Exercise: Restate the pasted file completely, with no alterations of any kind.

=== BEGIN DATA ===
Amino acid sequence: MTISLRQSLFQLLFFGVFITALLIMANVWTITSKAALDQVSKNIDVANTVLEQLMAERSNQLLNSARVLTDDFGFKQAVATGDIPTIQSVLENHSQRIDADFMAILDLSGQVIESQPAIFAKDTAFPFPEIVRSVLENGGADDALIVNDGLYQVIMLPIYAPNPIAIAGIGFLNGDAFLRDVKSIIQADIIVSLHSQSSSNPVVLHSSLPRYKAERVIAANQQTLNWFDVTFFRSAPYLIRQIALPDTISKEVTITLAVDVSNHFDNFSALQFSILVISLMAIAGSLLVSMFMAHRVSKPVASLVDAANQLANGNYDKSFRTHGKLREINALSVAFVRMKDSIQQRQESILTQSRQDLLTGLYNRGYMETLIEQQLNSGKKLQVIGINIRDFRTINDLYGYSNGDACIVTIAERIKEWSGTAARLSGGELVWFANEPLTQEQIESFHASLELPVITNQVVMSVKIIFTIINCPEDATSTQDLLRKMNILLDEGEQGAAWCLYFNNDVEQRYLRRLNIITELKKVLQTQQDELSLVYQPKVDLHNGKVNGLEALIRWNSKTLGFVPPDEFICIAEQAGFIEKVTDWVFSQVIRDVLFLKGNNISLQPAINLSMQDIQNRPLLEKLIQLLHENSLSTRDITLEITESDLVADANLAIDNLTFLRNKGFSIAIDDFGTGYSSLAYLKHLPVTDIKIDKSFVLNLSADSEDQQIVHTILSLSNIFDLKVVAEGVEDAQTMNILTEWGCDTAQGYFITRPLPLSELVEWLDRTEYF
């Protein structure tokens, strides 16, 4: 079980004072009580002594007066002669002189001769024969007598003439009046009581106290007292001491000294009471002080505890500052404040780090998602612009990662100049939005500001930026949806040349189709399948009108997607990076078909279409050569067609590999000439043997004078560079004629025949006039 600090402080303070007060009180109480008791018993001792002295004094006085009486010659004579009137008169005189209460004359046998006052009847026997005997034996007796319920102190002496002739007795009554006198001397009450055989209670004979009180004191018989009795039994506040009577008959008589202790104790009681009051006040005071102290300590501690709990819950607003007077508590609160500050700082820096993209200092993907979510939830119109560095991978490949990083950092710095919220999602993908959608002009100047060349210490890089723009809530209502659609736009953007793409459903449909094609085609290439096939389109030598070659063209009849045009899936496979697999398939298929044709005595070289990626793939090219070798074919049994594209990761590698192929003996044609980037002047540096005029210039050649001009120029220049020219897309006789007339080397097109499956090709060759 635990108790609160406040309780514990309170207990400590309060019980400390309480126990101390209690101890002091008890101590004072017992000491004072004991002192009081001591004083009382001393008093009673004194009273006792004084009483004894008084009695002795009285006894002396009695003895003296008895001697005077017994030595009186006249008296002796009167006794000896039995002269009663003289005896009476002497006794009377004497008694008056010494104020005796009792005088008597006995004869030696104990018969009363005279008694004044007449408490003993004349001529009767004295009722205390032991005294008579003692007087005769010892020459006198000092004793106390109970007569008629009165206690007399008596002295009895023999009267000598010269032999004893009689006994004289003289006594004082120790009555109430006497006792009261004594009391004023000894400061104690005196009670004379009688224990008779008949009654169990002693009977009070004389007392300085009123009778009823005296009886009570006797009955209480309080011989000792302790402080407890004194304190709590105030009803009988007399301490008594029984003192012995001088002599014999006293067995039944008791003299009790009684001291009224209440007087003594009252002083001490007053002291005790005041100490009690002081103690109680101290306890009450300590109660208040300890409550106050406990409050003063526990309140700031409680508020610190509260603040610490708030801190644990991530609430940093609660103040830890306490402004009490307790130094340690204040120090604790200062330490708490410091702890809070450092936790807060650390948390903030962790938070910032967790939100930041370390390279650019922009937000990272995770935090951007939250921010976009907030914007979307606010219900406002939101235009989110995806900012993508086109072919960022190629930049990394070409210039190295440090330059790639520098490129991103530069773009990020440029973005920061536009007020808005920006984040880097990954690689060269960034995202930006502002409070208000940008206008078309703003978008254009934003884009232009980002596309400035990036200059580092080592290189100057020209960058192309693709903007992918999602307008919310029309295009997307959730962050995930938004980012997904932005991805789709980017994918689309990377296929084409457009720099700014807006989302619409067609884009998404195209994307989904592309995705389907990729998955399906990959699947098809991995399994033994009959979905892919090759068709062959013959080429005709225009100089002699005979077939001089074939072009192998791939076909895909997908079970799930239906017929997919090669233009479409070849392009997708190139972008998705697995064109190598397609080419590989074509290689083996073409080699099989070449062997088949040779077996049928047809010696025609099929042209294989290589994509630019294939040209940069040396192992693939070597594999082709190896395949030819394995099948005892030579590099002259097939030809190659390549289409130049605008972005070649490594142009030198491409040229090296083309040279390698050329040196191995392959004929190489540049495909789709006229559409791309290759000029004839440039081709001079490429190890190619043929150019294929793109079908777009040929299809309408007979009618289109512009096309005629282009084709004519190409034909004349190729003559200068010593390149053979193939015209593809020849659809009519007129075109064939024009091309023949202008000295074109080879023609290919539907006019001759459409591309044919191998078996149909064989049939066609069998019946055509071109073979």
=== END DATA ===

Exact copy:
Amino acid sequence: MTISLRQSLFQLLFFGVFITALLIMANVWTITSKAALDQVSKNIDVANTVLEQLMAERSNQLLNSARVLTDDFGFKQAVATGDIPTIQSVLENHSQRIDADFMAILDLSGQVIESQPAIFAKDTAFPFPEIVRSVLENGGADDALIVNDGLYQVIMLPIYAPNPIAIAGIGFLNGDAFLRDVKSIIQADIIVSLHSQSSSNPVVLHSSLPRYKAERVIAANQQTLNWFDVTFFRSAPYLIRQIALPDTISKEVTITLAVDVSNHFDNFSALQFSILVISLMAIAGSLLVSMFMAHRVSKPVASLVDAANQLANGNYDKSFRTHGKLREINALSVAFVRMKDSIQQRQESILTQSRQDLLTGLYNRGYMETLIEQQLNSGKKLQVIGINIRDFRTINDLYGYSNGDACIVTIAERIKEWSGTAARLSGGELVWFANEPLTQEQIESFHASLELPVITNQVVMSVKIIFTIINCPEDATSTQDLLRKMNILLDEGEQGAAWCLYFNNDVEQRYLRRLNIITELKKVLQTQQDELSLVYQPKVDLHNGKVNGLEALIRWNSKTLGFVPPDEFICIAEQAGFIEKVTDWVFSQVIRDVLFLKGNNISLQPAINLSMQDIQNRPLLEKLIQLLHENSLSTRDITLEITESDLVADANLAIDNLTFLRNKGFSIAIDDFGTGYSSLAYLKHLPVTDIKIDKSFVLNLSADSEDQQIVHTILSLSNIFDLKVVAEGVEDAQTMNILTEWGCDTAQGYFITRPLPLSELVEWLDRTEYF
């Protein structure tokens, strides 16, 4: 079980004072009580002594007066002669002189001769024969007598003439009046009581106290007292001491000294009471002080505890500052404040780090998602612009990662100049939005500001930026949806040349189709399948009108997607990076078909279409050569067609590999000439043997004078560079004629025949006039 600090402080303070007060009180109480008791018993001792002295004094006085009486010659004579009137008169005189209460004359046998006052009847026997005997034996007796319920102190002496002739007795009554006198001397009450055989209670004979009180004191018989009795039994506040009577008959008589202790104790009681009051006040005071102290300590501690709990819950607003007077508590609160500050700082820096993209200092993907979510939830119109560095991978490949990083950092710095919220999602993908959608002009100047060349210490890089723009809530209502659609736009953007793409459903449909094609085609290439096939389109030598070659063209009849045009899936496979697999398939298929044709005595070289990626793939090219070798074919049994594209990761590698192929003996044609980037002047540096005029210039050649001009120029220049020219897309006789007339080397097109499956090709060759 635990108790609160406040309780514990309170207990400590309060019980400390309480126990101390209690101890002091008890101590004072017992000491004072004991002192009081001591004083009382001393008093009673004194009273006792004084009483004894008084009695002795009285006894002396009695003895003296008895001697005077017994030595009186006249008296002796009167006794000896039995002269009663003289005896009476002497006794009377004497008694008056010494104020005796009792005088008597006995004869030696104990018969009363005279008694004044007449408490003993004349001529009767004295009722205390032991005294008579003692007087005769010892020459006198000092004793106390109970007569008629009165206690007399008596002295009895023999009267000598010269032999004893009689006994004289003289006594004082120790009555109430006497006792009261004594009391004023000894400061104690005196009670004379009688224990008779008949009654169990002693009977009070004389007392300085009123009778009823005296009886009570006797009955209480309080011989000792302790402080407890004194304190709590105030009803009988007399301490008594029984003192012995001088002599014999006293067995039944008791003299009790009684001291009224209440007087003594009252002083001490007053002291005790005041100490009690002081103690109680101290306890009450300590109660208040300890409550106050406990409050003063526990309140700031409680508020610190509260603040610490708030801190644990991530609430940093609660103040830890306490402004009490307790130094340690204040120090604790200062330490708490410091702890809070450092936790807060650390948390903030962790938070910032967790939100930041370390390279650019922009937000990272995770935090951007939250921010976009907030914007979307606010219900406002939101235009989110995806900012993508086109072919960022190629930049990394070409210039190295440090330059790639520098490129991103530069773009990020440029973005920061536009007020808005920006984040880097990954690689060269960034995202930006502002409070208000940008206008078309703003978008254009934003884009232009980002596309400035990036200059580092080592290189100057020209960058192309693709903007992918999602307008919310029309295009997307959730962050995930938004980012997904932005991805789709980017994918689309990377296929084409457009720099700014807006989302619409067609884009998404195209994307989904592309995705389907990729998955399906990959699947098809991995399994033994009959979905892919090759068709062959013959080429005709225009100089002699005979077939001089074939072009192998791939076909895909997908079970799930239906017929997919090669233009479409070849392009997708190139972008998705697995064109190598397609080419590989074509290689083996073409080699099989070449062997088949040779077996049928047809010696025609099929042209294989290589994509630019294939040209940069040396192992693939070597594999082709190896395949030819394995099948005892030579590099002259097939030809190659390549289409130049605008972005070649490594142009030198491409040229090296083309040279390698050329040196191995392959004929190489540049495909789709006229559409791309290759000029004839440039081709001079490429190890190619043929150019294929793109079908777009040929299809309408007979009618289109512009096309005629282009084709004519190409034909004349190729003559200068010593390149053979193939015209593809020849659809009519007129075109064939024009091309023949202008000295074109080879023609290919539907006019001759459409591309044919191998078996149909064989049939066609069998019946055509071109073979």